Payday lender DFC seeks to shift to loonie issue
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TORONTO — DFC Global Corp., which runs Money Mart payday lenders across North America, is seeking to replace U.S. dollar-denominated debt with Canadian and British currency securities as rising regulation squeezes revenue.
Randy Underwood, the Berwyn, Penn.-based company's chief financial officer, met with investors for lunch Monday at Toronto's King Edward Hotel to discuss the sale of $650 million of bonds to be issued in Canadian dollars and British pounds. The Canadian-dollar tranche will be eight-year notes and the amount has yet to be decided, according to person familiar with the proposal who wasn't authorized to comment on the record because the discussions are private.
DFC's results for the quarter ended Sept. 30 showed revenue declined in its biggest market, the U.K., where unsecured consumer lenders face a stricter regulatory regime. The company also posted revenue declines in the U.S., where it is taking "corrective action" after authorities there inspected its retail outlets. The only region to post revenue gains was the company's second-biggest market, Canada, where the regulatory regime has been unchanged since a 2007 overhaul.
"Their margins in Canada are much stronger than elsewhere, so they have a really solid niche in Canada," Igor Koyfman, a credit analyst at Standard & Poor's, said by phone from New York Monday. "There's less regulatory changes right now, and they can really generate some good cash flow right now."
DFC, which operates under the name of Money Mart in most of Canada and Insta Cheques in Quebec, will use the proceeds to refinance $600 million of 10.375 percent notes maturing in 2016, according to the person familiar with the transaction.
Phil Denning, a spokesman for DFC, didn't immediately return a call or e-mail message Monday requesting comment.
Similarly rated Canadian dollar bonds yielded 7.6 percent on Nov. 15, or 577 basis points more than equivalent-maturity government securities, according to the Bank of America Merrill Lynch Single-B Canada High Yield Index.
Payday loans are most often taken out by low-income people willing to pay high interest rates to avoid falling behind on their bills or to cover emergency expenses, according to studies commissioned by the Canadian government and the Canadian Payday Loan Association.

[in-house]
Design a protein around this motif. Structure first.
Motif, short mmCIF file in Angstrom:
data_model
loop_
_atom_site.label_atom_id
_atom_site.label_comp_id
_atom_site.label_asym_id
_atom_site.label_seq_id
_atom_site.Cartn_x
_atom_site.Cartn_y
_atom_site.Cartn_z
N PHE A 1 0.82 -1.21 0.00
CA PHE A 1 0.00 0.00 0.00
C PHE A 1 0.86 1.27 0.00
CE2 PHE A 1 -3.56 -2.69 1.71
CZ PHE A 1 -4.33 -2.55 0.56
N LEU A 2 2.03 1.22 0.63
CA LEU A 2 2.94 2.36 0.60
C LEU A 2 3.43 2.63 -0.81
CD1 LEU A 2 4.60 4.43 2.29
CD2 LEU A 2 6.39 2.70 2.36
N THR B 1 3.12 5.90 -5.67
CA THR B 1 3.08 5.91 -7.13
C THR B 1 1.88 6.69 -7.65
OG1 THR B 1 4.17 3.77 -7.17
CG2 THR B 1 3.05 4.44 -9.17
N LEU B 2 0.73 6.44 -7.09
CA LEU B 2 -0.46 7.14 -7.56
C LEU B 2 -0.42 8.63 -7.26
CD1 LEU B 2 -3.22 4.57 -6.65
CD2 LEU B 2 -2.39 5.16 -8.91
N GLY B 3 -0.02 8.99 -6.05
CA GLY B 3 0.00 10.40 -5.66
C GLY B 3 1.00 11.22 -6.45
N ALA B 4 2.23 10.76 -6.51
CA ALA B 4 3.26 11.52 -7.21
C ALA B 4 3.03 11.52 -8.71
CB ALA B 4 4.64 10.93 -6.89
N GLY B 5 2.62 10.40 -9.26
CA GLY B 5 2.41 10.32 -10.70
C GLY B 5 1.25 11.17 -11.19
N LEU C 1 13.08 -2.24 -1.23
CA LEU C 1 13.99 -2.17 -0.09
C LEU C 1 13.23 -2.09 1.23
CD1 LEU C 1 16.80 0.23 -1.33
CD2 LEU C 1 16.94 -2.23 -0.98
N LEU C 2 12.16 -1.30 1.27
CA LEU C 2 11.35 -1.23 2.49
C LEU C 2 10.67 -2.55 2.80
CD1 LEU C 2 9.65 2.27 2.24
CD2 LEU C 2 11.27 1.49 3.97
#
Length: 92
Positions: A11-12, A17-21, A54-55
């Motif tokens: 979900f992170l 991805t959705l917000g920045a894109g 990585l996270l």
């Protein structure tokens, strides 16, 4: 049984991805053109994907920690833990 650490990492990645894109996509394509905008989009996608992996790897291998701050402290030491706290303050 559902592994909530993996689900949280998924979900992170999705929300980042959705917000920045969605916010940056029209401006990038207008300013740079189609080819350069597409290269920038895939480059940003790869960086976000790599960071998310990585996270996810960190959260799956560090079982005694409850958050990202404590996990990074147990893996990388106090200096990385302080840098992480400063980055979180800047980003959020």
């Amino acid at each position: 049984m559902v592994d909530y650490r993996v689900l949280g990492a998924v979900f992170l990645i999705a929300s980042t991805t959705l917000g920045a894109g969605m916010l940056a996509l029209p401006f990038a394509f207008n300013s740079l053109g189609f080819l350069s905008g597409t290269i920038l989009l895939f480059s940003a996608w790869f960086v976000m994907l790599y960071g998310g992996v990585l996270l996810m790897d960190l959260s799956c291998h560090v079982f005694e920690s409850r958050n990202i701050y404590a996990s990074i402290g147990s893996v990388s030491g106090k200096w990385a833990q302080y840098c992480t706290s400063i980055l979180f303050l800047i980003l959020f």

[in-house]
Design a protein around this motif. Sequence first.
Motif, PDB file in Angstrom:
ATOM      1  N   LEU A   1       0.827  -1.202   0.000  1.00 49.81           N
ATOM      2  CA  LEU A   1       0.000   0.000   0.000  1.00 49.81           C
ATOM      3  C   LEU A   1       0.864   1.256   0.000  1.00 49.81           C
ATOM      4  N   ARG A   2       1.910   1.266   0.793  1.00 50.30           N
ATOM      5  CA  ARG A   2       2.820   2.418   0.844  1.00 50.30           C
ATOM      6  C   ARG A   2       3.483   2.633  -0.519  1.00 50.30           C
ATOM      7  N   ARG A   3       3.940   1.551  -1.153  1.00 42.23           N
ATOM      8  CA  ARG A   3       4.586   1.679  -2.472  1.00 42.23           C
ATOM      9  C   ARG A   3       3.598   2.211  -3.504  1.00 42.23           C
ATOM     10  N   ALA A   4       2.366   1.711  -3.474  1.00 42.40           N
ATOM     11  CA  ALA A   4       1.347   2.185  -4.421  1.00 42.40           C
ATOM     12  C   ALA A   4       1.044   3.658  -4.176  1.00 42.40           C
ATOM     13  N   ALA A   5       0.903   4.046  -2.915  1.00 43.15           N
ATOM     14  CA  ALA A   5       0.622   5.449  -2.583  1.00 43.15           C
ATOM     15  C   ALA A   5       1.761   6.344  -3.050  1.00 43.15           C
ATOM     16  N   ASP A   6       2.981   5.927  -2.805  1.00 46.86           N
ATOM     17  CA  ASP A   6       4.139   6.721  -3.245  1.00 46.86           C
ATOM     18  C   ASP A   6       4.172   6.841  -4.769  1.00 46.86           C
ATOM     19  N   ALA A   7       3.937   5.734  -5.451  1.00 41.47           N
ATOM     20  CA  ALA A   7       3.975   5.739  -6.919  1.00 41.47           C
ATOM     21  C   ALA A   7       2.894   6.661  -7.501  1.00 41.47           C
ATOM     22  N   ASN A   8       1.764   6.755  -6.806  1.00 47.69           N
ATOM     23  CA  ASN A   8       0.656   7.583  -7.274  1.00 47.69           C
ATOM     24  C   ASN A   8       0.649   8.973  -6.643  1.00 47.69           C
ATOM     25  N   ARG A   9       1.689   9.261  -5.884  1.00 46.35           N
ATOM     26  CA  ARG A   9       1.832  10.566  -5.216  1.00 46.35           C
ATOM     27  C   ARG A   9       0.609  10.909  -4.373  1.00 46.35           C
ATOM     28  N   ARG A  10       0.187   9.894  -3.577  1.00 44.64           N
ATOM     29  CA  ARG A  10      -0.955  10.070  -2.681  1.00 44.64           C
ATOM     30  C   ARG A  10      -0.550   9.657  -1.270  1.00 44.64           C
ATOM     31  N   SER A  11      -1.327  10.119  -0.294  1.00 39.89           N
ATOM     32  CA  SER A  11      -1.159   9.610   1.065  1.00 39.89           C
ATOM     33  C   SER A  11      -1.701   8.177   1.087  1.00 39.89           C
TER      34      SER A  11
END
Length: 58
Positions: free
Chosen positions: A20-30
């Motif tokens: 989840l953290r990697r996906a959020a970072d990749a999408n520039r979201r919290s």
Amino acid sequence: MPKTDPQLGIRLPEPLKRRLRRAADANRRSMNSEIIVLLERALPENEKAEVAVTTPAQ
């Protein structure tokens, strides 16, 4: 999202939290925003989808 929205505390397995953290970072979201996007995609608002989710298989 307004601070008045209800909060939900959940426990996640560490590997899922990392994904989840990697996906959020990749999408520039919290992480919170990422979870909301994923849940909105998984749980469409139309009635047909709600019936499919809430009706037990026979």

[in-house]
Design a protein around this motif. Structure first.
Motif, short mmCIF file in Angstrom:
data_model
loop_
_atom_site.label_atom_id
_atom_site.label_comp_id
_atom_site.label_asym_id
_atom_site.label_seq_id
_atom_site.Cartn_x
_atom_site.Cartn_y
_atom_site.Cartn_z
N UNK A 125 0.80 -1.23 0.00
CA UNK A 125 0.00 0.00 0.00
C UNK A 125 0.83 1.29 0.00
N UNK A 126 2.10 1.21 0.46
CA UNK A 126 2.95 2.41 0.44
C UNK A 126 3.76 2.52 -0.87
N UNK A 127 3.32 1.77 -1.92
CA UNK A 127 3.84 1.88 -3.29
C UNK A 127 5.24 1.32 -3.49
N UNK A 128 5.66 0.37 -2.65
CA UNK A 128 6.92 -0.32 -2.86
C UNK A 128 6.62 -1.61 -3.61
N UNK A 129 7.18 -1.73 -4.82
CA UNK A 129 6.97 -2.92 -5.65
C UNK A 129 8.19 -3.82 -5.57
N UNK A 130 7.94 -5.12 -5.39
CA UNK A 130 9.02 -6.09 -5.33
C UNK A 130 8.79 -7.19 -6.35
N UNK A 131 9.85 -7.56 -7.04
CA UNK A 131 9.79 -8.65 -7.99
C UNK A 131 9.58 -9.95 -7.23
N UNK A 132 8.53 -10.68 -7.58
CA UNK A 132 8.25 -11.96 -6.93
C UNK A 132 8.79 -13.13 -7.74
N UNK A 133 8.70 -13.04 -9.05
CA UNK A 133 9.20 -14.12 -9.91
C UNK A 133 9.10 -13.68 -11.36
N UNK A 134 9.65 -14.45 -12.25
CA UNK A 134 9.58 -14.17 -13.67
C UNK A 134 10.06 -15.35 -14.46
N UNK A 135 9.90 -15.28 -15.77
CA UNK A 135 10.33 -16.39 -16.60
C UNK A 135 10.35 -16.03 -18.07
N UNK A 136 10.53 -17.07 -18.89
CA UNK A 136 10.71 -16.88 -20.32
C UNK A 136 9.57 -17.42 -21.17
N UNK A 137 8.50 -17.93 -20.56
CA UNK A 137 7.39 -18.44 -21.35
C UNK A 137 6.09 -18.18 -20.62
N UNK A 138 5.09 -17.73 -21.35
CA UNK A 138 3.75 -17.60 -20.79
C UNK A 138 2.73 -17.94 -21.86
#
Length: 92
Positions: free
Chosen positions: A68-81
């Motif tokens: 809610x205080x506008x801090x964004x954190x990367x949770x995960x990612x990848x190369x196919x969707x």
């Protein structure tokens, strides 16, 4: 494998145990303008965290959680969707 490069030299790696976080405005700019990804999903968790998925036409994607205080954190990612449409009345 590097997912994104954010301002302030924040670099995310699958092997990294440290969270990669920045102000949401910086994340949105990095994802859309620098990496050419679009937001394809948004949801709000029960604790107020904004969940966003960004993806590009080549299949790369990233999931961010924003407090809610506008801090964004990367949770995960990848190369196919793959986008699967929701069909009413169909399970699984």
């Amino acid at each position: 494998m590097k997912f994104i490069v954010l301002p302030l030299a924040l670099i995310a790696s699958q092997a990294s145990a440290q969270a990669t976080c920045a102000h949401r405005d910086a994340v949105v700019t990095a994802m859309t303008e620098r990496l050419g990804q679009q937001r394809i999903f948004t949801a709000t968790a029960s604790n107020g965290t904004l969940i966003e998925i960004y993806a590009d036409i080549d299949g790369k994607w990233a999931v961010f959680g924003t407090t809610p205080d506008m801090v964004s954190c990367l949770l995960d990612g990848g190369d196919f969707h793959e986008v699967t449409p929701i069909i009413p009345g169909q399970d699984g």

In February, Prince Edward Island joined seven other Canadian provinces in announcing new regulations on the practice. Ontario, Canada's most populous province, said in September it would review the maximum borrowing fee and the use of mobile applications to sell loans, and explore new ways to monitor the market.
In the U.K., the Financial Conduct Authority, formed in the wake of the credit crisis, will take over regulatory responsibilities for the consumer credit industry, including payday loans, in April 2014 and impose new rules on the industry, according to S&P. The rating company lowered DFC's rating to B from B+ Nov. 15, citing increased U.K. regulation.
Because the new rules will bring tougher underwriting standards, only allow customers to roll-over loans twice and restrict the number of times a payday lender can withdraw funds from a customer's account to repay a debt, DFC will likely see lower loan volumes and increased compliance costs, S&P said.
"Their financials have been a little weak lately, and I guess they're trying to get ahead of the curve on the changes that may occur on the regulatory front in the U.K.," said Nicholas Leach, who manages C$2.5 billion in high yield debt at CIBC Global Asset Management and attended the lunch at the King Edward. "One of their expectations is that the U.K. regulatory changes might look something similar to what they already experienced in Canada."
DFC's decision to refinance in Canadian dollars and British pounds was meant to match its liabilities with the currencies where its collect most of its revenue, and the focus for expansion is Spain and Poland, CIBC's Leach said.
While in Canada it's a criminal offense to charge more than 60 percent interest per year, in 2007 the Federal government gave provincial governments the power to regulate payday lenders, and exempted the companies from criminal prosecution so long as the loans were less than C$1,500 ($1,438) with a term of 62 days or less.
This allowed lenders like Money Mart to charge more than 60 percent annualized interest. In British Columbia, the company charges 600 percent annualized interest for loans arranged online and in Nova Scotia it charges 652 percent, according to its website. The provincial regulations prevent lenders from granting "rollovers," which allow borrowers to extend or renew loans at additional cost, thus limiting the amount of debt borrowers can take at the higher rates.
"At the end, they could charge higher interest rates under the law," said S&P's Koyfman. "In the U.K., the changes are more severe, and they're coming from the federal level. The thing that hurts most for these companies is when you implement these rollover limitations."
A 2006 government report, conducted the year before Canada overhauled its own payday loan regulations, said the loans were often given at "usurious" interest rates, the average size was C$280, and were most often taken out by men 18 to 34 years old with a household income of C$30,000 per year. The 2006 before- tax poverty line for a family of four in a city larger than 500,000 people was C$39,399, according to the Canadian Council on Social Development
Emergency cash is the most common reason people take out the loans, followed by "money to help with an unexpected expense" and to help avoid late charges on routine bills, according to an Environics Research Group study conducted in April for the Canadian Payday Loan Association.